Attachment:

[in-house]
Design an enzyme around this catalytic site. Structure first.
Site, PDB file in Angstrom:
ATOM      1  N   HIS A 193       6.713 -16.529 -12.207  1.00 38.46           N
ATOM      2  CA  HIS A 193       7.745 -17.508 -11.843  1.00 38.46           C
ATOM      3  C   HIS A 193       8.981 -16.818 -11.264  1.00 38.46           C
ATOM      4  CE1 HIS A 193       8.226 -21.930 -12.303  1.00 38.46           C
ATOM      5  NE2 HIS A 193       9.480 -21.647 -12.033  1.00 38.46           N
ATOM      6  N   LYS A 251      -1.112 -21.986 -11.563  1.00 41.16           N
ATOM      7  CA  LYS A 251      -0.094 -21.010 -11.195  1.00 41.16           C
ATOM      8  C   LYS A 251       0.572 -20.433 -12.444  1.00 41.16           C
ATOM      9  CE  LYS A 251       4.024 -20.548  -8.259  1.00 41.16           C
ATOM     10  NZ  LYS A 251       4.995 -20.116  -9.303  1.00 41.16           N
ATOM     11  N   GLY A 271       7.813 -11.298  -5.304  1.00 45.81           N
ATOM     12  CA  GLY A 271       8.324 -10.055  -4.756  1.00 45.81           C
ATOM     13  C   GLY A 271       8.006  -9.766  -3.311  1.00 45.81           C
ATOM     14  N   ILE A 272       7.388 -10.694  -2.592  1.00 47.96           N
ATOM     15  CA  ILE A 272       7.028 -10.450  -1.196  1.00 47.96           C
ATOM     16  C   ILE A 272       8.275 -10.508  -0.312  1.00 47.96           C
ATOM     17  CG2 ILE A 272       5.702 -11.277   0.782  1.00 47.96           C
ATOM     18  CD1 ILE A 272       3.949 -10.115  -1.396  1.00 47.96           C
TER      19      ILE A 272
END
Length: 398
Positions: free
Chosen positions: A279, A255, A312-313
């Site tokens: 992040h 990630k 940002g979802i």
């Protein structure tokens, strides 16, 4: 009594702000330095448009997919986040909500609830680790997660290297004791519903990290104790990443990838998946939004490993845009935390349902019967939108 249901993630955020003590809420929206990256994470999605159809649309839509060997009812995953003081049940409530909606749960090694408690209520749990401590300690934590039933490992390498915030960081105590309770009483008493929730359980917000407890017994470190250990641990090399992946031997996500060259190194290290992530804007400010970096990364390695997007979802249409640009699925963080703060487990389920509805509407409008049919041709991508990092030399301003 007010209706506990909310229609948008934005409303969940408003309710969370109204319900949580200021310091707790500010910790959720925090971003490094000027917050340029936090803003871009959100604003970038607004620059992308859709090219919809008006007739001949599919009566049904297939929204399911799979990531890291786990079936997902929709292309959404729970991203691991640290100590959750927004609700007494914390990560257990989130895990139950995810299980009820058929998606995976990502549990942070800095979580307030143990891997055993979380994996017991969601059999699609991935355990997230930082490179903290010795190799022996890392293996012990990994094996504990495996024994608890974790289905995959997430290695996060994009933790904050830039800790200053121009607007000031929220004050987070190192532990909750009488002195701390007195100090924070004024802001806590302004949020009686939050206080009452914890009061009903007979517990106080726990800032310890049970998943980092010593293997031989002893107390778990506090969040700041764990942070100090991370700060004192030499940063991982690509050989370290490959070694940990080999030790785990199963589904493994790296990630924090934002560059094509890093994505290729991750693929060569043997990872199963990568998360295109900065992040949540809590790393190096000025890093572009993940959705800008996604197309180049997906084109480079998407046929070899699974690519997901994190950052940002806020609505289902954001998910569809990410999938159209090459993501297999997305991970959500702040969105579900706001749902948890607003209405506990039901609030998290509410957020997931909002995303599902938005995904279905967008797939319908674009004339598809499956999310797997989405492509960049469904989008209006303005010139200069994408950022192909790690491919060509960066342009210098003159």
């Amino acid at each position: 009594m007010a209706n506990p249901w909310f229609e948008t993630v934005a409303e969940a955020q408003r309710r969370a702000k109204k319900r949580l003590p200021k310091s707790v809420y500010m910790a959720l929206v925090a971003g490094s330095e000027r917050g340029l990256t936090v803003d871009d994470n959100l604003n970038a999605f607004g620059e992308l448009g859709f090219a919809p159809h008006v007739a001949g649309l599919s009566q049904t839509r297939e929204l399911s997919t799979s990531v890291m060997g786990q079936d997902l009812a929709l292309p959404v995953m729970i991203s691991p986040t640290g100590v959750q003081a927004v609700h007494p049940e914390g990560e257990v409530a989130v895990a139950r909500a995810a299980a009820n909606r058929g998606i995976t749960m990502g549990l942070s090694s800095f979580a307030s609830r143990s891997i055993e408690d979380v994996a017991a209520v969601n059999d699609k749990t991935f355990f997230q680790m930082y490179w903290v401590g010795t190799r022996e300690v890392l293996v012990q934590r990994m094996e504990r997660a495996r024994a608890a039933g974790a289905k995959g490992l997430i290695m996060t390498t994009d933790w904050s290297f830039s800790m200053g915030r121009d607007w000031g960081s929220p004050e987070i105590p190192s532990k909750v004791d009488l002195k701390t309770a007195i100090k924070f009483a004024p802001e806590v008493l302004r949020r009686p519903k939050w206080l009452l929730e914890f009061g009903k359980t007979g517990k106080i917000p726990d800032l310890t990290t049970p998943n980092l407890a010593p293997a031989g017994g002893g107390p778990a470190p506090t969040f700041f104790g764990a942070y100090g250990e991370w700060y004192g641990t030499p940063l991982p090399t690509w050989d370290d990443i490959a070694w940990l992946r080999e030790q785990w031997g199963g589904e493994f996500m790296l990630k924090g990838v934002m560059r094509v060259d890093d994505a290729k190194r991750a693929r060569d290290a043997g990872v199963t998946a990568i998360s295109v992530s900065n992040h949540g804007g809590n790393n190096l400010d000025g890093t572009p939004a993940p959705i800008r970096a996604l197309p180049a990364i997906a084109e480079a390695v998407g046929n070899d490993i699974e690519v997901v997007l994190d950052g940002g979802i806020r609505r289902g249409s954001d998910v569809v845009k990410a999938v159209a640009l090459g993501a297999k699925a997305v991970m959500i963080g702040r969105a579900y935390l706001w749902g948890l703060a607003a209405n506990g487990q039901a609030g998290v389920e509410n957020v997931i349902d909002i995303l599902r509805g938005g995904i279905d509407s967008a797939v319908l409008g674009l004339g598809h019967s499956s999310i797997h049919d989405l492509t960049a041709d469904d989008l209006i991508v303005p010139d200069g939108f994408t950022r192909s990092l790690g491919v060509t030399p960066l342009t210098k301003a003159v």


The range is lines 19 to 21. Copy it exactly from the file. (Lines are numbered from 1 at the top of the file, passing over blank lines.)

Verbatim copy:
ATOM     16  C   ILE A 272       8.275 -10.508  -0.312  1.00 47.96           C
ATOM     17  CG2 ILE A 272       5.702 -11.277   0.782  1.00 47.96           C
ATOM     18  CD1 ILE A 272       3.949 -10.115  -1.396  1.00 47.96           C